Iola Mineral Water and resort drew travelers from Kanas City, elsewhere for 'miracle' cure for all that ailed them.

Pioneer life is hard. Time for a vacation.

But where to?

A charming city featuring scenic places to drive one’s wagon. Check.

Reasonably priced resort with free food. Check, check.

So where might one find this attractive gem, and will other members of high society be present to further distinguish one’s company?

Believe it or not, some of the finest ladies in all Kansas City, including Mrs. B.S. Henning, Mrs. Dr. N.N. Horton and others recommend the mineral well resort in Iola, Kansas, featuring its one-of-a-kind, unique-to-all-the-world Iola Mineral Water.

No sooner had they exited their posh palace car had they absolutely fallen in love.

South of the Riverside Park sign in Iola once sat Acers Park, named for attorney-politician Nelson Acers. Photo by Trevor Hoag

“Mr. Acers, you have quite the little town here,” one dreams of them saying as they greeted their host at the park. “I also heard a rumor that the baths in your resort were once tubs from the distillery. Is that so?”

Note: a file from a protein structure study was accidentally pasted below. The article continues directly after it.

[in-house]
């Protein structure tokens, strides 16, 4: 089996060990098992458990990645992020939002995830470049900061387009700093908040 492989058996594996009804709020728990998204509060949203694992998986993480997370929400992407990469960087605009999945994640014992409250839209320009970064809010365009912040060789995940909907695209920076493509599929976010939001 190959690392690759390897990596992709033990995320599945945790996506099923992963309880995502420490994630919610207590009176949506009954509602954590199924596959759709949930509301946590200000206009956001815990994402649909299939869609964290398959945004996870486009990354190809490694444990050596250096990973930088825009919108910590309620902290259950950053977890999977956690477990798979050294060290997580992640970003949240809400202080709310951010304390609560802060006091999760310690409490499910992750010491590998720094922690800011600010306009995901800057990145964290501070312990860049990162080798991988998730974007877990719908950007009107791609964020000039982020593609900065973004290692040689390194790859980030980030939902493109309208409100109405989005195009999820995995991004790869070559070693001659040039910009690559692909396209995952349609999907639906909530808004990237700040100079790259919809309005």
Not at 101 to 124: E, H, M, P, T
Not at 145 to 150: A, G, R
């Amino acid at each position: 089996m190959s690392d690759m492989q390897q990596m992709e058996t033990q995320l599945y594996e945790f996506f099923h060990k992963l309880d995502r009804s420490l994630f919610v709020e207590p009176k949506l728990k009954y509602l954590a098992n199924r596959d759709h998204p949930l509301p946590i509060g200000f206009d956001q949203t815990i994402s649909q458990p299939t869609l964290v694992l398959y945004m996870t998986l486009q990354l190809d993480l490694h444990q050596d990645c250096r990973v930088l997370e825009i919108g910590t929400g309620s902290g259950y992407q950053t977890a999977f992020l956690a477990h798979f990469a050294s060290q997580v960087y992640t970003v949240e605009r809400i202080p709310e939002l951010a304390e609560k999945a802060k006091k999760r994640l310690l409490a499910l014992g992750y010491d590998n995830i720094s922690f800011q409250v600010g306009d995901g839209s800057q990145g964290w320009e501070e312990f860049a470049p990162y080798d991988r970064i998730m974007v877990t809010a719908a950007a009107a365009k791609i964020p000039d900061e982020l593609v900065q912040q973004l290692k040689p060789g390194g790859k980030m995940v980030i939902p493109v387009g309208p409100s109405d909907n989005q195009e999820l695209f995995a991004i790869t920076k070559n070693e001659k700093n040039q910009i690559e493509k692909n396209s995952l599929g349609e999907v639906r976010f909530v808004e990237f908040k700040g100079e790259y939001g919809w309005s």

“Guilty as charged,” grinned the attorney-proprietor, as a blast from the jet black Santa Fe engine sounded on the tracks nearby.

The train hadn’t been passing through for more than a couple of years, but it was nonetheless a welcome sight bringing along with it the potential for countless guests.

Acers and crew had initially been prospecting for coal east of the tracks near today’s Riverside Park, but as former Register editor Charles Scott put it, “by a quirk of chance the bit that drilled into a gas pocket simultaneously opened a vein of mineral-laden salt water.”

The Water of Life. A wondrous substance to cure all that ails you.

Others, like the ladies from Kansas City, likely hadn’t come to be “cured,” but imbibed the putrid water all the same, with its delectable concoction of sulfurous saltiness.  

Bathed in it, too, in their striped, full-body swimwear, while likely keeping their social distance from the afflicted.